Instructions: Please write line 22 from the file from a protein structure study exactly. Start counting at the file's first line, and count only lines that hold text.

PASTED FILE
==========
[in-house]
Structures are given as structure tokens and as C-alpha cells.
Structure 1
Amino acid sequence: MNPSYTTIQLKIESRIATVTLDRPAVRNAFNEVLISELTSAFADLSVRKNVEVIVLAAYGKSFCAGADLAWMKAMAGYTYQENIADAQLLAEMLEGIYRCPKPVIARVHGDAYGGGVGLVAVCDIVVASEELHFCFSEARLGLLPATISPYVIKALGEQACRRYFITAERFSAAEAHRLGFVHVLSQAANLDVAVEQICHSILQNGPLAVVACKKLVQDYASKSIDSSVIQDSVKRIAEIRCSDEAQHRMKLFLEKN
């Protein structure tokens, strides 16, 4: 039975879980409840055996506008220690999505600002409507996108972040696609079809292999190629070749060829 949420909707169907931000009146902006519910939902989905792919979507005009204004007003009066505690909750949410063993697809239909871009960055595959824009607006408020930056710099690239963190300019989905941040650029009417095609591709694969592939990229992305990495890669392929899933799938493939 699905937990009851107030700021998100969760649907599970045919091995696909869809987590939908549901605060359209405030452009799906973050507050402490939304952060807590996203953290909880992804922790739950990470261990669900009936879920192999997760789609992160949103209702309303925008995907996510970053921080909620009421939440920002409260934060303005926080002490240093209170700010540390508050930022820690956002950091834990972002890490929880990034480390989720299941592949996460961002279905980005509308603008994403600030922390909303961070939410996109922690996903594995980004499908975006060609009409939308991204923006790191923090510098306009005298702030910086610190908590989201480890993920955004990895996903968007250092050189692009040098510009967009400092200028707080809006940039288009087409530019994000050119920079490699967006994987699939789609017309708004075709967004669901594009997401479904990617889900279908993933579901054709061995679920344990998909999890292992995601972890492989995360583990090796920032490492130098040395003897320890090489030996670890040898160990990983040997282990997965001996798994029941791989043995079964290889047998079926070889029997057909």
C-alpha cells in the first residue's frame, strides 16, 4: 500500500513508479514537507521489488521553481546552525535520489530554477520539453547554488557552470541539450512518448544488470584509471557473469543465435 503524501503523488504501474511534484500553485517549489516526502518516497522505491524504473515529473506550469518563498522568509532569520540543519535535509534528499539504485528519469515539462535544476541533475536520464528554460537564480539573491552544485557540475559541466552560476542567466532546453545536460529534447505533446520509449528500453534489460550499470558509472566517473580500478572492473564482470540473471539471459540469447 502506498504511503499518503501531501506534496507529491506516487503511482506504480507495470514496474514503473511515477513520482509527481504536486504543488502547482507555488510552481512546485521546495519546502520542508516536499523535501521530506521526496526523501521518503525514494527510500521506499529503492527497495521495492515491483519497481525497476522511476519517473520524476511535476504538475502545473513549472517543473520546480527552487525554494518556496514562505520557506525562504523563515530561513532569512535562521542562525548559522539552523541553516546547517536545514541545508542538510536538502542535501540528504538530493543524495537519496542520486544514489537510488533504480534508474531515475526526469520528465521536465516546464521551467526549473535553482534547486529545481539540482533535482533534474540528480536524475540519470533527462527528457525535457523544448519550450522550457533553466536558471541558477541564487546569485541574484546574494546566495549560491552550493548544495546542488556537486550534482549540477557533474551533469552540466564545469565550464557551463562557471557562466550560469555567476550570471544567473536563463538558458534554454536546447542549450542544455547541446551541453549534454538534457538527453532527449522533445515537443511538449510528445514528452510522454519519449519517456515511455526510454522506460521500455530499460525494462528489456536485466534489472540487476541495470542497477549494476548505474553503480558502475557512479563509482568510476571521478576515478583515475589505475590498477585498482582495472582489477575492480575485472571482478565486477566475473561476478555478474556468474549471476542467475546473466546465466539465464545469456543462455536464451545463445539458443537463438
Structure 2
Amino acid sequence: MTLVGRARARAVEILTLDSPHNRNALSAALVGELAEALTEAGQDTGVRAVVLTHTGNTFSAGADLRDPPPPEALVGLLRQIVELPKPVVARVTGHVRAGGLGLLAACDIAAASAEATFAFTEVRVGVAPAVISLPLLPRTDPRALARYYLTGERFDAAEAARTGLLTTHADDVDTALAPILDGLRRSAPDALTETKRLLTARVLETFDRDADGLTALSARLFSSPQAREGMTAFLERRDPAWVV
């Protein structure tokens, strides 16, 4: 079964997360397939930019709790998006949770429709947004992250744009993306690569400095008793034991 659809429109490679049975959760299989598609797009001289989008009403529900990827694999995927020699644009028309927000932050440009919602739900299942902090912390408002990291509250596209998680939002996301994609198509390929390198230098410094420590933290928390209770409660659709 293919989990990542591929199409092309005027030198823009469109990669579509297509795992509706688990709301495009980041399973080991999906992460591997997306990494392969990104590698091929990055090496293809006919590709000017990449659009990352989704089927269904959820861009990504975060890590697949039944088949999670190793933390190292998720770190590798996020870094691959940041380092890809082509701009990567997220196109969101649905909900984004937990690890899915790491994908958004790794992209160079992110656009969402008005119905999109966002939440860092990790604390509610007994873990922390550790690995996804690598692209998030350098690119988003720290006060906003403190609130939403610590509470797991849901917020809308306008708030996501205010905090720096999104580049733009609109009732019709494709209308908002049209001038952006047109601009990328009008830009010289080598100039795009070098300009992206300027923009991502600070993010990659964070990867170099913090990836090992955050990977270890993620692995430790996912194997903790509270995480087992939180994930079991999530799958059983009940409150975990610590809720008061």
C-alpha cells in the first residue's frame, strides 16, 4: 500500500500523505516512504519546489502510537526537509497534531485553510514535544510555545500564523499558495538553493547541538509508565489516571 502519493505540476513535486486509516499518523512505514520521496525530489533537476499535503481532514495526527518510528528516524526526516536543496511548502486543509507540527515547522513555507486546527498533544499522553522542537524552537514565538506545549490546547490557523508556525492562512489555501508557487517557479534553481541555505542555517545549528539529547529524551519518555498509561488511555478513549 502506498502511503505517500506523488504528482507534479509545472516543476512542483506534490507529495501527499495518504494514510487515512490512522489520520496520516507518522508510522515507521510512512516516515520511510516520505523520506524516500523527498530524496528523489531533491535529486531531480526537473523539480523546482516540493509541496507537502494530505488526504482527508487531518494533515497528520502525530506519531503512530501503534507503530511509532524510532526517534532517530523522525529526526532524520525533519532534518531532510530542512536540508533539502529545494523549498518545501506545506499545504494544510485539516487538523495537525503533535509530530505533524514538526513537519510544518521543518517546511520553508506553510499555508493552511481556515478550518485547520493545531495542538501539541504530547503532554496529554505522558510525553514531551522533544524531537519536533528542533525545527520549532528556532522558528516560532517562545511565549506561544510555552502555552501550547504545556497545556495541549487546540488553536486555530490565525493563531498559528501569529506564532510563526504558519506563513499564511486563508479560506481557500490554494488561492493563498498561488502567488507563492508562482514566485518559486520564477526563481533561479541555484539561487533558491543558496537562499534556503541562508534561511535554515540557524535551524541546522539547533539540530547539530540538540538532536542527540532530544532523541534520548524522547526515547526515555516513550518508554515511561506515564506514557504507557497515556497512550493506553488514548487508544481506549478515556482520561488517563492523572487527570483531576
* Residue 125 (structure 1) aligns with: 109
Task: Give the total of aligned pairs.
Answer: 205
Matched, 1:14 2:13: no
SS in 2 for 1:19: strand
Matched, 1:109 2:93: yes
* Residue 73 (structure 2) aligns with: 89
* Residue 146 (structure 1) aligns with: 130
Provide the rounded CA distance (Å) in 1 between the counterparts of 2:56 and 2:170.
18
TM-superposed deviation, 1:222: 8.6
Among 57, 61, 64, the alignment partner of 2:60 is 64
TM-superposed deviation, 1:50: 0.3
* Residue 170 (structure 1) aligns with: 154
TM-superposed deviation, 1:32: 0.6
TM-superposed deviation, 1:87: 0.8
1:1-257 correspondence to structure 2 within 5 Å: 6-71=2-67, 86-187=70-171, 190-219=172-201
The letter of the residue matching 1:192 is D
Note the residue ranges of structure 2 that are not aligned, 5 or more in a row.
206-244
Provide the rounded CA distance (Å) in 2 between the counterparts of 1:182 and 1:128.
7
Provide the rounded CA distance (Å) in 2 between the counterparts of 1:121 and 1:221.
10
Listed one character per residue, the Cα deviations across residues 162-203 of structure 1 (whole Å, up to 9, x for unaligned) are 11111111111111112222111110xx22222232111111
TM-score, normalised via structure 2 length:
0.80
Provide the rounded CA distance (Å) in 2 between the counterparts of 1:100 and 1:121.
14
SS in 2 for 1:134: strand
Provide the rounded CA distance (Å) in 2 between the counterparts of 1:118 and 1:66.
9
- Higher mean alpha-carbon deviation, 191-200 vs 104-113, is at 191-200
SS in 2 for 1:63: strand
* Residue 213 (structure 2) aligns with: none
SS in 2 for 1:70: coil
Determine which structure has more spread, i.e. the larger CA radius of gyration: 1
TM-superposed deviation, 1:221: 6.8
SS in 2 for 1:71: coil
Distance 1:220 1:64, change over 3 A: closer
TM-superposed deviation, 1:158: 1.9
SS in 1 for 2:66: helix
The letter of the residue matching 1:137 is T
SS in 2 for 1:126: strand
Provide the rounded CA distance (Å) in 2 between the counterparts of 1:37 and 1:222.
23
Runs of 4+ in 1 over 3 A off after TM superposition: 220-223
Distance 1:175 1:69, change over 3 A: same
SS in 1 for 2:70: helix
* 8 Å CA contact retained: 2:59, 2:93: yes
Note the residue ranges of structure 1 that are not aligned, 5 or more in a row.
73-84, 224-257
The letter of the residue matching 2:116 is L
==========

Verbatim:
Among 57, 61, 64, the alignment partner of 2:60 is 64